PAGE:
Jack Chandler’s art supplies have taken over his family’s dining room table.
It is cluttered with bowls filled with wine corks, raw cotton, bottle caps and bullet casings; bins that contain wood scraps, tree bark and sticks; and a rotary tool for sawing and drilling that he bought himself.
After about four hours in Jack’s hands, the bark becomes a stable, corks become wise men, pecans become the heads of Mary and Joseph, and cotton becomes sheep.
Jack, 11, has sold about 10 of his handmade Nativity sets and has orders for about a dozen more to be completed after Christmas. His parents have pitched in assembly-line-style to help fill orders on time. He said he is surprised his hobby has become a seasonal business.
“It’s kind of overwhelming,” said Jack, who attends Episcopal Day School.
It started last year when his mother, Kristen Chandler, needed a centerpiece for a Christmas party. Jack, who long has liked to build and fix things, already had made a structure out of Popsicle sticks. He offered to make Mary, Joseph and Baby Jesus to turn it into a Nativity scene.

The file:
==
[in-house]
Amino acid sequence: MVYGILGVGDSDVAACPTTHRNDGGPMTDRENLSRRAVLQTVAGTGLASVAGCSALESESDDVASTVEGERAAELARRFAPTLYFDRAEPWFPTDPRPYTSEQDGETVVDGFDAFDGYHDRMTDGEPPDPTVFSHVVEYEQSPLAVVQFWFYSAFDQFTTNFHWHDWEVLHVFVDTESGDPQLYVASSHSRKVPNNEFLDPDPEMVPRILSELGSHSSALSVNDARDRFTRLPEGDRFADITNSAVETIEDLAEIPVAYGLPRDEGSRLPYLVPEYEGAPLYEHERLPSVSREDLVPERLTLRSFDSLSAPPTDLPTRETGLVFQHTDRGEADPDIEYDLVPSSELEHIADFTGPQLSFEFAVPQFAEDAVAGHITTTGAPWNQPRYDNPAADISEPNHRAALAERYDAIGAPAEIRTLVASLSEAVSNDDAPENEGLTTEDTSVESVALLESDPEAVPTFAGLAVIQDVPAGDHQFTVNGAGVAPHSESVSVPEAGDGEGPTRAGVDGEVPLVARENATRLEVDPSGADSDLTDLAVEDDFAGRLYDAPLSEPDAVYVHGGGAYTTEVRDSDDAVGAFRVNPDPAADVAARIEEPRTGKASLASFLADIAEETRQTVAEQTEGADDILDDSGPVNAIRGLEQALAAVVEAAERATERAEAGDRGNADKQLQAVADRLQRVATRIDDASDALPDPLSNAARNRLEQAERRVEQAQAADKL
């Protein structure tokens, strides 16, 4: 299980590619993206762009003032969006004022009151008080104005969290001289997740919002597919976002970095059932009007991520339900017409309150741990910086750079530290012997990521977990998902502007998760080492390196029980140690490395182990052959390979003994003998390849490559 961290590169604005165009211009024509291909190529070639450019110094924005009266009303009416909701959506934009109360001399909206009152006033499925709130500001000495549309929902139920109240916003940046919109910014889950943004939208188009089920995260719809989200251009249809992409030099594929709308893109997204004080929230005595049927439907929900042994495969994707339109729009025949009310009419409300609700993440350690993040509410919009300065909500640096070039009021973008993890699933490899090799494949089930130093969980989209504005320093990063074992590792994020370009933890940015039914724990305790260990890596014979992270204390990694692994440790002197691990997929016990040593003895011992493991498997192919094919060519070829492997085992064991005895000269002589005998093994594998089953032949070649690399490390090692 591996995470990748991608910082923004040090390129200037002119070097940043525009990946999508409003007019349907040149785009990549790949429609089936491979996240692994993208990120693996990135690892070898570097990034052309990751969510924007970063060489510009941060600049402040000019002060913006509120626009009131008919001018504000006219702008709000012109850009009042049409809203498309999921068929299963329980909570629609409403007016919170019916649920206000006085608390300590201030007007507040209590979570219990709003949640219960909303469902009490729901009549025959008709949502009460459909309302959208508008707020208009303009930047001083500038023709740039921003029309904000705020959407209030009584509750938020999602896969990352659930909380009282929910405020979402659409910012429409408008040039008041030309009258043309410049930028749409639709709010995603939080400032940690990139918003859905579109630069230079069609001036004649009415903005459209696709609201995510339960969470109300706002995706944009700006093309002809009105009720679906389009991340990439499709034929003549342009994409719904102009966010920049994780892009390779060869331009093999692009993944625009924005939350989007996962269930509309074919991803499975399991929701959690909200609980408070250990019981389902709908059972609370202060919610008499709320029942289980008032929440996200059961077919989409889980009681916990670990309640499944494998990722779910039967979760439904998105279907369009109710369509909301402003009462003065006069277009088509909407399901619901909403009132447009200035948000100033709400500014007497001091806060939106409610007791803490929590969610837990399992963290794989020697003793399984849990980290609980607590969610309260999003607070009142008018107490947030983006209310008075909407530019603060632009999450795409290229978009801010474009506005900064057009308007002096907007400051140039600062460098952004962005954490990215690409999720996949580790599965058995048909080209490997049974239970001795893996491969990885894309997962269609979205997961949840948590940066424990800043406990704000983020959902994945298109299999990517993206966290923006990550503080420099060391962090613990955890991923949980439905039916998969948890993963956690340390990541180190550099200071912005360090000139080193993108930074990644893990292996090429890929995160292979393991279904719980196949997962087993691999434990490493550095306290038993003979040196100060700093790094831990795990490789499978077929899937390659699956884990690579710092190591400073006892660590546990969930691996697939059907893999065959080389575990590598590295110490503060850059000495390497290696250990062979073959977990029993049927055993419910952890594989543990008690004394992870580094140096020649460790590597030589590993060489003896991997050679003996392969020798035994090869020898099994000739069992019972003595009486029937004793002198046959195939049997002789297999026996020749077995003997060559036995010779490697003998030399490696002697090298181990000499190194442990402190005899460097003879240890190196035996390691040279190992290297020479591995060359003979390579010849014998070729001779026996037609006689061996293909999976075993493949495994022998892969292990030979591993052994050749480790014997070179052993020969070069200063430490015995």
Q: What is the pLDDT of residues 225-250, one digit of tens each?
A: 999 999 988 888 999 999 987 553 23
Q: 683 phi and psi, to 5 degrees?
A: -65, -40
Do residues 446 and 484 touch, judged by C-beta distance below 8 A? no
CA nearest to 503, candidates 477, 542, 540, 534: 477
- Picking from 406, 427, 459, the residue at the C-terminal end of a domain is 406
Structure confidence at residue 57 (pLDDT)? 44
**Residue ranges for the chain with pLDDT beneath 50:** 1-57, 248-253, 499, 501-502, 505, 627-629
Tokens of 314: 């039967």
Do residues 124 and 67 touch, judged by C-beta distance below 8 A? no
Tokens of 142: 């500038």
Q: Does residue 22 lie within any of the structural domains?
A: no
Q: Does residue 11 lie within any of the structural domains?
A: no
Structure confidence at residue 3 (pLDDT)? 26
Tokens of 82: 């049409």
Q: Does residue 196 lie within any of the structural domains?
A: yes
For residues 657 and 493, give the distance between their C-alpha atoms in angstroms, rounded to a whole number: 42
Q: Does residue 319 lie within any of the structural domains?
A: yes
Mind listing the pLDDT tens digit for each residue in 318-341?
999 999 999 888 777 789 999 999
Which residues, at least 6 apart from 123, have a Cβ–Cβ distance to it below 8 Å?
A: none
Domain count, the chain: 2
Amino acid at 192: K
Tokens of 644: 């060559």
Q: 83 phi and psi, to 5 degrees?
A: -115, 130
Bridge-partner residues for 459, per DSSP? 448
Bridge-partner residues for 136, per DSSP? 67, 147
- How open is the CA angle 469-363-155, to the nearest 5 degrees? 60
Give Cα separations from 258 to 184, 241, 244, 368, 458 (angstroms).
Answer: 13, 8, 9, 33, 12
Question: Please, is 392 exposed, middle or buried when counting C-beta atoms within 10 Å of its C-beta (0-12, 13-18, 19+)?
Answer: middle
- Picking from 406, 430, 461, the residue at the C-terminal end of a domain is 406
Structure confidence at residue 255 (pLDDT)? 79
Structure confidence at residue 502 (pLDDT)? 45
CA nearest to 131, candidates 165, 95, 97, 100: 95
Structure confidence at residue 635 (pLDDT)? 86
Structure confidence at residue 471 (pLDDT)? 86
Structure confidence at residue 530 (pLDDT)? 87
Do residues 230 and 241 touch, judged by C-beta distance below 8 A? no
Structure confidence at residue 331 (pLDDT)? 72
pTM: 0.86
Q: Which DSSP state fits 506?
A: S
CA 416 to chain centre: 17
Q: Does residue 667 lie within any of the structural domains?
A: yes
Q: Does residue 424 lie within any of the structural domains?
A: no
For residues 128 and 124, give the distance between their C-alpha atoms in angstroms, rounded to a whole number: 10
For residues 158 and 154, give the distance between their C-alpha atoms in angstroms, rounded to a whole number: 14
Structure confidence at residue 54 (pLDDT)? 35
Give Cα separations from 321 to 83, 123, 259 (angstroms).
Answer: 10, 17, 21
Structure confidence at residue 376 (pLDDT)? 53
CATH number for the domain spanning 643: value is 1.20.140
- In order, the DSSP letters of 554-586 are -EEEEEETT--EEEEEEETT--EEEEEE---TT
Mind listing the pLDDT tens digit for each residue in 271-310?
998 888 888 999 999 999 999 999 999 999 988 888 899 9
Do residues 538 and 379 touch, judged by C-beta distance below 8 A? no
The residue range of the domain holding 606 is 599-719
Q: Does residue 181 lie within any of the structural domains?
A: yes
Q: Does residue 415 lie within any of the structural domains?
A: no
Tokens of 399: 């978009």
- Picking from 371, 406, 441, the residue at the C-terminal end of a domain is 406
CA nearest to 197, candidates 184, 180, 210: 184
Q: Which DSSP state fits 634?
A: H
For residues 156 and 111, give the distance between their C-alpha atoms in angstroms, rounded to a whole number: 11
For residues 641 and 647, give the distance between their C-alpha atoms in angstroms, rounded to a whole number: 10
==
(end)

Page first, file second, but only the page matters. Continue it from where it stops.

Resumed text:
Friends who saw the set offered to pay Jack to make them one. More orders came in after he entered one in an art show.
Each set is unique. Some have large stables with pitched roofs. Some have small stables with flat roofs. Some of the clothing is traditional, and some is a little more funky. It depends on what the buyer wants, his mother said.
The earnings gave Jack spending money for the family’s trip to New York last week. Now he wants to save for a trampoline to share with his brother and sister.
Ever since he was small, Jack has liked to build things. His mother said that when he was very young he would strap on his Bob the Builder tool belt and go into the backyard to “fix it.”
He has his own shop space in the back of the garage.
“I’ll come out with sticks and stuff tied together,” Jack said. “I made a bow and arrow out of string and two pieces of bamboo. It shoots about 60 feet.”
Of the Nativity sets, Jack said the people are his least favorite to build. The figures are made out of small sticks that are draped with cloth. Pieces of Popsicle sticks create a stand to support them.
“I like to build the cradles and the shelters,” he said. “Those are easier to me.”